Several colleagues — quite alarmed by the number of mice I was extracting — began to submit new requests to the facilities department for dealing with the onslaught. The response from the facilities department was always the same: We’ve set traps; we haven’t seen any mice, and so forth.

By accident I encountered the facilities director in the hallway on his way back from investigating a water leak. He seemed somewhat incredulous that I had caught any mice at all. With my cell phone I had taken photos of each mouse to show my children, but now those pictures documented the complete history of my wildlife adventure. He seemed impressed, but in a later email stated, "It is not an infestation and we have blocked all the entry points to the building."

I had not realized that there would be such skepticism about the presence of animals in the building. I discerned that it would be prudent to find observers to my catch-and-release practices. (Witnesses now include the university’s chaplain.) Two of my children were eager to participate, so one Friday I set the trap and returned with them on Saturday morning to release the day’s mouse. So far nothing has been so exciting to them regarding my work as a professor as producing a live animal in my office.

My $20 investment was turning out to be a good deal. When I captured my eighth mouse, I realized that each capture had cost less than $3. The facilities department has not captured any mice, and I was fast approaching double-digits.

My colleagues exhibited a range of reactions to the continuing affair. For some, the presence of mice was an amusing novelty; for others it generated much agitation. I recalled that during my first year at the university, the chair of the English department had told me that once a mouse crawled up on his desk and watched him while he was reading. He had found the situation delightful. Those faculty members less well-disposed to rodents suggested that I set up a meeting with HR to discuss the invasion, adding that bringing a captured live mouse would be a compelling visual aid.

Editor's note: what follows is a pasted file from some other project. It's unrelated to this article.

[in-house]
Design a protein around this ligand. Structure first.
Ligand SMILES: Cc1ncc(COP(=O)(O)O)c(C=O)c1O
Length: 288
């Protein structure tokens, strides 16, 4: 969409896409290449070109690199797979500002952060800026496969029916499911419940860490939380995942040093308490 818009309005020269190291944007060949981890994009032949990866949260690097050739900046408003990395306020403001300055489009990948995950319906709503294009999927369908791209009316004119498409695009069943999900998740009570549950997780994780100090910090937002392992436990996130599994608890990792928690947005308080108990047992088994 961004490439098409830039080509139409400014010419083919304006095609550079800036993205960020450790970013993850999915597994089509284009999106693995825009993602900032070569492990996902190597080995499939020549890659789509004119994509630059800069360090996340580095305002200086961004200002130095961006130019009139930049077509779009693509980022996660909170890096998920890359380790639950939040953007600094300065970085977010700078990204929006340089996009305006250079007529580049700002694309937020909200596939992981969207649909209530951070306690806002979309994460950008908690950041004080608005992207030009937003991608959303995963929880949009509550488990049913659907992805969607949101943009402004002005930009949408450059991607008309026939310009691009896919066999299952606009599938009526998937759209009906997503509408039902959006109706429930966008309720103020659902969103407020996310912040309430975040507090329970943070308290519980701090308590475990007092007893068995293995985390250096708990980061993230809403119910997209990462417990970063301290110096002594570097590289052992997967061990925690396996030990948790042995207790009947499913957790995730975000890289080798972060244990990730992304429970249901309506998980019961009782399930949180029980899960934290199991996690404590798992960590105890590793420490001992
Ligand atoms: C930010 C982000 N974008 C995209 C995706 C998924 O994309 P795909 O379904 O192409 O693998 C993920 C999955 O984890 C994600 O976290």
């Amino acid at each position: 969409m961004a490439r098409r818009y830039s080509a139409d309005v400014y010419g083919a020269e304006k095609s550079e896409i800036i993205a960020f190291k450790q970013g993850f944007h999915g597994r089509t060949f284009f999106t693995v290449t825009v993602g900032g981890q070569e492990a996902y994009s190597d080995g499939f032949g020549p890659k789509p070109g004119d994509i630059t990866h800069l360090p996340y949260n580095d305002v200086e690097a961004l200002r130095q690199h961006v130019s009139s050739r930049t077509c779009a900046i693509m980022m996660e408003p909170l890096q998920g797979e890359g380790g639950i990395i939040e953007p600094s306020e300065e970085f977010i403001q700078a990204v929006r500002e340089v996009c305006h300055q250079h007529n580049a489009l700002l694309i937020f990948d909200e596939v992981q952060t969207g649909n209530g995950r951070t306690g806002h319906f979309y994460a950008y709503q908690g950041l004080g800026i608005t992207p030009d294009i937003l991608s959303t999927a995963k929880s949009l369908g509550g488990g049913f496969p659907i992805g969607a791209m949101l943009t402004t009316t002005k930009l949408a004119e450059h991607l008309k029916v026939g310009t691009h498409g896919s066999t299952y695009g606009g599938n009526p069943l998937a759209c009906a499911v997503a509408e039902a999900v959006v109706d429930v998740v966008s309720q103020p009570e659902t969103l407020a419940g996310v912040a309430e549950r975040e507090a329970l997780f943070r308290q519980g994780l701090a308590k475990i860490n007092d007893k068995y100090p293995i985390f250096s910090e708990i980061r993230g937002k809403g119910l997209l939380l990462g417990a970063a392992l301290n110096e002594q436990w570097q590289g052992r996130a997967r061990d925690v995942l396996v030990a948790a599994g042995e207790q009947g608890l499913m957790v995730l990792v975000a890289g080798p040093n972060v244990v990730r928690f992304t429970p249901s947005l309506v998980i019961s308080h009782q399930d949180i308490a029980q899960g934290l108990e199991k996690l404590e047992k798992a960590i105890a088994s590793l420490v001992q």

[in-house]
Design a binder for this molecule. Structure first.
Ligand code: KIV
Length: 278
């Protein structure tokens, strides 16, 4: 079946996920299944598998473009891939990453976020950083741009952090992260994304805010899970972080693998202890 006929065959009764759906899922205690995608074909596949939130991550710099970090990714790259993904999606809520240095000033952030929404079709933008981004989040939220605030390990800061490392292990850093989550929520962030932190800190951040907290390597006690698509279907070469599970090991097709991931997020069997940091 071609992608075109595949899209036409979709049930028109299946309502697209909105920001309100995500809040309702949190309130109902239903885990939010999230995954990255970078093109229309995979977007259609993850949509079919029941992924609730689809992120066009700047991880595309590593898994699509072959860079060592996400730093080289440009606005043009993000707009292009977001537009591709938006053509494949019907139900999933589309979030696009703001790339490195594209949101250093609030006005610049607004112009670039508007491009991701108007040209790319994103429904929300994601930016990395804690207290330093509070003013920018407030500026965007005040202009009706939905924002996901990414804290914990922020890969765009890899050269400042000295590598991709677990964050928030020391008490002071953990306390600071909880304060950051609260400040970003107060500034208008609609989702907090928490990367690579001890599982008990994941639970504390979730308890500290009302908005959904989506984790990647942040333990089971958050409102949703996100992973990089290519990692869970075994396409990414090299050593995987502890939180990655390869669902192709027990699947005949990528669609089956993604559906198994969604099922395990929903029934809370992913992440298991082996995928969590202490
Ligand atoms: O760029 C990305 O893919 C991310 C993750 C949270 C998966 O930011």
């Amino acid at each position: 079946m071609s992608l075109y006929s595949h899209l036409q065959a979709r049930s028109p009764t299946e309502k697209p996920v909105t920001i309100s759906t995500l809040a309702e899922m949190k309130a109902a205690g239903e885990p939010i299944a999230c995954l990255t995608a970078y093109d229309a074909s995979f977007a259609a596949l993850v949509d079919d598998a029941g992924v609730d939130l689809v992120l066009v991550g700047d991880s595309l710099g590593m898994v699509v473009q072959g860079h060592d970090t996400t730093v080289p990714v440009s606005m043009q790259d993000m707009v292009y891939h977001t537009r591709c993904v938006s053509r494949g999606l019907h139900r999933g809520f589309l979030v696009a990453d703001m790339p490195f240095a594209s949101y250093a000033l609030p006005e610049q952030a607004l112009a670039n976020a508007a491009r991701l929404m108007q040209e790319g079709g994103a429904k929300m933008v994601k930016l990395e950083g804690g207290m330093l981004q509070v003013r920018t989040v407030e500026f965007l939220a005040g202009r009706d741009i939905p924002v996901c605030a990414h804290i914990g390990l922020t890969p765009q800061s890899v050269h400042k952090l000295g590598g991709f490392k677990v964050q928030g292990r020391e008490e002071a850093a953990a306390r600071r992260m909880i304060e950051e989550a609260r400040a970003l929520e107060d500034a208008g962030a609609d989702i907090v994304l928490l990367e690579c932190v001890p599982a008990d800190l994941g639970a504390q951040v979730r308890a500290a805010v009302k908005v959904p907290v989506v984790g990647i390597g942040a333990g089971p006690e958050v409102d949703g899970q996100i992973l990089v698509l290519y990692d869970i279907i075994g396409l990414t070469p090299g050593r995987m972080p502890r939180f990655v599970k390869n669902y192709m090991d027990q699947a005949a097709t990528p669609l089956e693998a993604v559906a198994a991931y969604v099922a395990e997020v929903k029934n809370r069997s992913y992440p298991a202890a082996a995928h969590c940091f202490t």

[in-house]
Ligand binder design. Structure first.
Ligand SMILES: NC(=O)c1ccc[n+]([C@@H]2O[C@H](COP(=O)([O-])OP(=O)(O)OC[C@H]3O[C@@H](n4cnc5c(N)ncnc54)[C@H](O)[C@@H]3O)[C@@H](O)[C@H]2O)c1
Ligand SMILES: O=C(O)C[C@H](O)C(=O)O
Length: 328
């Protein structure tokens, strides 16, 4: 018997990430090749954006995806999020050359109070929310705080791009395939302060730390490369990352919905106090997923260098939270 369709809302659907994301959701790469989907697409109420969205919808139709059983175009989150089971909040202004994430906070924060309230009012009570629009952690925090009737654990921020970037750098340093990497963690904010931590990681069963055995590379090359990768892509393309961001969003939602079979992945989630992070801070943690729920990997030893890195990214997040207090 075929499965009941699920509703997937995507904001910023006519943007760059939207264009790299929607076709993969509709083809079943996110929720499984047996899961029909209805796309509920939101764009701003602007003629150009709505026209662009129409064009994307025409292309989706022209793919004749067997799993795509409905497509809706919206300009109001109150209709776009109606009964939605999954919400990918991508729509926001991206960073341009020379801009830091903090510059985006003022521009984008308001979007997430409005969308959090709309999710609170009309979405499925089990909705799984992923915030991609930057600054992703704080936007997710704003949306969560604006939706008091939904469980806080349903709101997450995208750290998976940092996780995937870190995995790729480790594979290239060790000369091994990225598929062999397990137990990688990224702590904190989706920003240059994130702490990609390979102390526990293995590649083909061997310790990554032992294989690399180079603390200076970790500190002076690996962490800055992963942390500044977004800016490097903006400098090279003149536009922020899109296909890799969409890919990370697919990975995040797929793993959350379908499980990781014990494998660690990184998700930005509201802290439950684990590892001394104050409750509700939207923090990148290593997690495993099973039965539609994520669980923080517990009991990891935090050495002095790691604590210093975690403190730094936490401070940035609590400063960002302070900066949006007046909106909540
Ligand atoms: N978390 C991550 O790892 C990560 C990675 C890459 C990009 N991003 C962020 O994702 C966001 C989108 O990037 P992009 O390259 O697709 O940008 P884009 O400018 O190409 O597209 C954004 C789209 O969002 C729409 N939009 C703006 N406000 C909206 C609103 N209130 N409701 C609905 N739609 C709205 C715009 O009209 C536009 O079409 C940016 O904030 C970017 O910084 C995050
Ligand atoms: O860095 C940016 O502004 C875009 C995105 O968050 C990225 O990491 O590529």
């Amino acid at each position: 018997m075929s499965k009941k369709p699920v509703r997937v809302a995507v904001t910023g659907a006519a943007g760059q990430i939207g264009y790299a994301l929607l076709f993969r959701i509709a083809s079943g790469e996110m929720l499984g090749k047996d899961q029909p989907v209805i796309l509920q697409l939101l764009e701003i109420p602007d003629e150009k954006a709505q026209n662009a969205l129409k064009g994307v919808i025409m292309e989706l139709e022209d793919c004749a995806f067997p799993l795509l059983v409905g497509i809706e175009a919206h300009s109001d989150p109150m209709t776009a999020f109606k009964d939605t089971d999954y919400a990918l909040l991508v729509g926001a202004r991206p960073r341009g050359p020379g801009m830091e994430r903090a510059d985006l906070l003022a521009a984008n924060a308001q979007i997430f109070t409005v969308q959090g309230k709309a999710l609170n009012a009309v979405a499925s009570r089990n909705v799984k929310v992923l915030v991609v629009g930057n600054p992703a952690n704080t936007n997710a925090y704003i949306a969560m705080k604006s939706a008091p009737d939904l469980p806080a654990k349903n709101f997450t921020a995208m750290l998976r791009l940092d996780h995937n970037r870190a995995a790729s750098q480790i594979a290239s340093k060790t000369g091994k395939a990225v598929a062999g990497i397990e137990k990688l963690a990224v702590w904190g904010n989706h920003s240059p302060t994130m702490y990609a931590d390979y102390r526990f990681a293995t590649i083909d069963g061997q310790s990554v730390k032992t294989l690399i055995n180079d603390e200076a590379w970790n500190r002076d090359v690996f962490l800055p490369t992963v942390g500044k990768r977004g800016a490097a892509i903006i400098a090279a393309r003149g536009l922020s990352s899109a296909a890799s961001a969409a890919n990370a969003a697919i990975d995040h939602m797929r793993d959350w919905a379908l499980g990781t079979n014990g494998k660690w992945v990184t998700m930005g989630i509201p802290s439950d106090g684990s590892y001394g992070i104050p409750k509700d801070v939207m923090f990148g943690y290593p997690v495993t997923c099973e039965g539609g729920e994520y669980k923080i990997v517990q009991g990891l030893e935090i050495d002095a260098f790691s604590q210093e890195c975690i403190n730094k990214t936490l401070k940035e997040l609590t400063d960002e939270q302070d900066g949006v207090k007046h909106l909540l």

A member of our housekeeping staff — who has worked at our university for over 30 years — mentioned to me at one point, "I don’t think that a professor of philosophy should have to be the one to catch the mice around here." This comment caused me to reflect further about the various roles one serves at our university.

Over the years I have seen debates about the perceived status of faculty members. I had a colleague who was furious that her university identification card and parking permit had "Faculty-Staff" printed across the top. She insisted she was not part of "staff" but held the rank of a faculty member. Another former colleague often complained that faculty members shouldn’t have to eat in a general area in the dining hall with everyone else. Still another insisted that faculty members should not have to perform such tasks as restocking paper in the photocopiers or making photocopies. I wonder what those former colleagues would think of me in my new mice-catching role.

Faculty members preoccupied with roles or status tend to be exceptions at my institution, however. The ethos here is to pitch in when there is work to be done. One colleague who was assigned a basement windowless office never complained; instead, she quietly repainted the main wall an exotic color one weekend to brighten up what had originally been a dreary space.

Last summer I was walking down the corridor of our main academic building and saw a large file cabinet slowly lumbering its way toward me on a handcart. Behind it was our academic vice president. If our academic VP can transport her heavy file cabinets, I can deal with the ongoing wild-animal problem in our building.

At the end of the academic year, I’ll list my newly published book on my annual faculty activity report under "scholarship." I’ll also list the total number of mice I have caught and released under "service to the university."

Clement Vincent is the pseudonym (used here because the last office you want to annoy is facilities management) of a philosophy professor at a university in the Midwest